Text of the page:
Scherzer started 13-0, the first time since 1986 a pitcher started a season with 13 consecutive winning decisions (AP Photo/ Elsa Pool)

Even more than Cabrera, Fielder and Scherzer, the tepidity of the chase mounted by the teams behind the Tigers is the main reason Detroit hasn’t had too much to worry about. Cleveland is Detroit’s closest challenger, and closed out the first half in fine fashion to stay within striking distance of the AL Central lead and the Wild Card spots. Although would you trust a team to be in a pennant race for the long haul if you knew that that team started 26-17, only to win four of its next 20, then finish the first half 21-11? A similar dismal stretch in the second half like the Indians went through that started in late May, and the city Cleveland will turn its attention to the Browns by August and September…oh, the humanity.

Neither of the rest of the Central teams are consistent enough to mount a serious charge to Detroit’s crown, although we’re rooting for Kansas City (eight games behind the Tigers) to stay within touch, only because we need to see more shots of Billy Butler’s rally BBQ sauce in the Royals’ dugout.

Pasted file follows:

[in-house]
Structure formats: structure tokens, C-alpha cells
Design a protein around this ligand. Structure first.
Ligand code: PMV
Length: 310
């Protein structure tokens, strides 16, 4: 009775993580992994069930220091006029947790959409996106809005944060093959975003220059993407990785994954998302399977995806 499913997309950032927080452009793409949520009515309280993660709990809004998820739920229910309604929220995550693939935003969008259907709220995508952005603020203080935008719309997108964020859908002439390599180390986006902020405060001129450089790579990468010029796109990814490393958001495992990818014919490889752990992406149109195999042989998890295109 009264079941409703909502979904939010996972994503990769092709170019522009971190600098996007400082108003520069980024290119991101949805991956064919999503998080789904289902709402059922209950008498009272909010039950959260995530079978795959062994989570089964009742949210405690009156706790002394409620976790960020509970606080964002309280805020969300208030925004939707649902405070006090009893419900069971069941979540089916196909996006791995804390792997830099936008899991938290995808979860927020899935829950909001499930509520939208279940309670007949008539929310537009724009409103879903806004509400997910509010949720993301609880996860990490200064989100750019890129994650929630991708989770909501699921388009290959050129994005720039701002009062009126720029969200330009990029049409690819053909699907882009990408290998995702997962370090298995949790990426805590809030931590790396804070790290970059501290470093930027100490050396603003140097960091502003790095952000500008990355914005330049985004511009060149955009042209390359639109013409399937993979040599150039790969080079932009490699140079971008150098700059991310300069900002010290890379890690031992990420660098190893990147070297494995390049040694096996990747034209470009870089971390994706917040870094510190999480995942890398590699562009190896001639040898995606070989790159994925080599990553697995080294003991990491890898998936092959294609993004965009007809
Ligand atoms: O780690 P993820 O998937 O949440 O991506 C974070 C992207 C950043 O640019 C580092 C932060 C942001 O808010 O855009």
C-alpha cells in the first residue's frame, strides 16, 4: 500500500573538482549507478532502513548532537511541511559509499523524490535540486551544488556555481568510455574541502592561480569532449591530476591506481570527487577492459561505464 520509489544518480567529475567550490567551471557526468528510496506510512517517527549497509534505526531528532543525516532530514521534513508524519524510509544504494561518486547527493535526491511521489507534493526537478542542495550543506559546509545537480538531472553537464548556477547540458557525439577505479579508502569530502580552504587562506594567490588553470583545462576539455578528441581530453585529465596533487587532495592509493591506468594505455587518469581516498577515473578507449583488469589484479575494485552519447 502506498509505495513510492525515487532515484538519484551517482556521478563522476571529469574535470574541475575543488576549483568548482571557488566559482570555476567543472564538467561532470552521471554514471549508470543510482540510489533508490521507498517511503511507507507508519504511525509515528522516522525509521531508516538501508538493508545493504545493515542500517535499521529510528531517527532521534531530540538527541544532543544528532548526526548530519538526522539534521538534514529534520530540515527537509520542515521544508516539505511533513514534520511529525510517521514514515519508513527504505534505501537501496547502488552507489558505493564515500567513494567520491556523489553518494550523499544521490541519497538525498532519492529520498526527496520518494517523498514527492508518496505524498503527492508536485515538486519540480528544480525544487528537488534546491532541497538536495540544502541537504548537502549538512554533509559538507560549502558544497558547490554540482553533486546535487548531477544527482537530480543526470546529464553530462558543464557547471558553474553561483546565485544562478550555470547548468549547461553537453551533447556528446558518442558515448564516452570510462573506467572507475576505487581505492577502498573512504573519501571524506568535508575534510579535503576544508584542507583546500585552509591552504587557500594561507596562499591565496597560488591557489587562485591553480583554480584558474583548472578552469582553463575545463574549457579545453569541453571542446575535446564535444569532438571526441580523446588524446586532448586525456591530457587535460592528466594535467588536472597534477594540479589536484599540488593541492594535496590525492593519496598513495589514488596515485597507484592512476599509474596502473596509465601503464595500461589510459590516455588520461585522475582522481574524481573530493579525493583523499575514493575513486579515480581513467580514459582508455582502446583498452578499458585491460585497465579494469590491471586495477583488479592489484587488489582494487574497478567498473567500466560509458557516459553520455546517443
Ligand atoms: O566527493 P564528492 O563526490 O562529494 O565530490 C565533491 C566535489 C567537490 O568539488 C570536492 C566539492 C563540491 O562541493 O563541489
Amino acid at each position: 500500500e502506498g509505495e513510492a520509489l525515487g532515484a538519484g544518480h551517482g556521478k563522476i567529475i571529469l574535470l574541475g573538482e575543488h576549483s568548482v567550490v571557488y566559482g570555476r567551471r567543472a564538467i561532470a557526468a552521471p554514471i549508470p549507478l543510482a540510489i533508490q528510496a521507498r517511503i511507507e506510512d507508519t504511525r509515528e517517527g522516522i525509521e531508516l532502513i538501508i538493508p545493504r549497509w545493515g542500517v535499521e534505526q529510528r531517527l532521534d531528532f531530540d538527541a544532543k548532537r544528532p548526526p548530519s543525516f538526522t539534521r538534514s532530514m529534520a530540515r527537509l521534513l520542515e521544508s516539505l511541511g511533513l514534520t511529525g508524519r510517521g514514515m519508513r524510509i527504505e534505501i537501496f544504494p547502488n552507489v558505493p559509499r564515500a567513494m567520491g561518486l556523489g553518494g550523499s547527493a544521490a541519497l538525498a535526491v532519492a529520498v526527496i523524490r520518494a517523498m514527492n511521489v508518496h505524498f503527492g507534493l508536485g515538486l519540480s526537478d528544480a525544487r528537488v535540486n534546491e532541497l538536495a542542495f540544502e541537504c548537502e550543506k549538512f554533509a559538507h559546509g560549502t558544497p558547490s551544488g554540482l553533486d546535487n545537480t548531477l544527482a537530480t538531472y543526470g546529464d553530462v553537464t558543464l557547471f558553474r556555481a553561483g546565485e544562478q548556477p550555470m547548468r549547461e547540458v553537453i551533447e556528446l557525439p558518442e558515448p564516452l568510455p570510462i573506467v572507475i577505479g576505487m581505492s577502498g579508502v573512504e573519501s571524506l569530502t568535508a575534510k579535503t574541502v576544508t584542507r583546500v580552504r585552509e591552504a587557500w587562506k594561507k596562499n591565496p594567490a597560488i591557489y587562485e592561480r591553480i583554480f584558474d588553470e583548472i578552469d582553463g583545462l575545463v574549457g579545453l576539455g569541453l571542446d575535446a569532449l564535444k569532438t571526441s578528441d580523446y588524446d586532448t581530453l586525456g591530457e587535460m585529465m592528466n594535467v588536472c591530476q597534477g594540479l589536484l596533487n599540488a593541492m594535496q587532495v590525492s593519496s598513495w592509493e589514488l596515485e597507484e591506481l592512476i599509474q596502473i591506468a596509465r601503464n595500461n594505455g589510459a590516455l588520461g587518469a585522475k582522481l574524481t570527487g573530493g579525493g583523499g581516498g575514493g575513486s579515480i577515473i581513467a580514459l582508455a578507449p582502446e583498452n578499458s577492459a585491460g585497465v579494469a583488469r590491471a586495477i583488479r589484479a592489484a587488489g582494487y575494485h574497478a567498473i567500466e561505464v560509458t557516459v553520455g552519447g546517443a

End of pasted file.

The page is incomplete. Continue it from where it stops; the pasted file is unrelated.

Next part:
AL West: The Rangers are going to mess things up royally by…?

For as good…really good…as the Texas Rangers have been under Ron Washington (81 games over .500 in his six-plus seasons as manager), the past few seasons has left fans, including in Arlington, wondering when the shoe is going to drop. From blowing a five-game lead with nine left to play last season (and losing the one-game Wild Card playoff at home to Baltimore) to coming one strike away in multiple occasions of winning the World Series in 2011 against St. Louis, Texas has recently picked up a penchant for being on the wrong side of Kodak moments.

The season hasn’t started as well as others in the past couple of seasons, but the Rangers hold one of the two Wild Card spots going into the second half, and their offense is still as lethal as it has been in the recent past. Yu Darvish and Derek Holland have been stellar, but that No. 3 pitcher has been a question mark all season. If the rumors are true and Matt Garza, who is having a fine season with the Cubs, is on his way to Texas in a trade, it would be major upgrade to the rotation, without necessarily making that many waves in the news. But can it stop another tragic fall in the postseason?

Oh, yeah, and then there’s the matter of the first-place Oakland Athletics.; non-descript, kooky, hirsute…and good! They’ll be in it for the long haul given their stellar rotation and even more stellar 30-15 home record. Continuing to win two out of three home games should see them in the postseason, and with the Rangers the only real threat in the division (sorry Los Angeles Angels), losing the division lead could still have them end up being in one of the Wild Card spots.

**Click here for the National League 2nd half outlook

Facebook Comments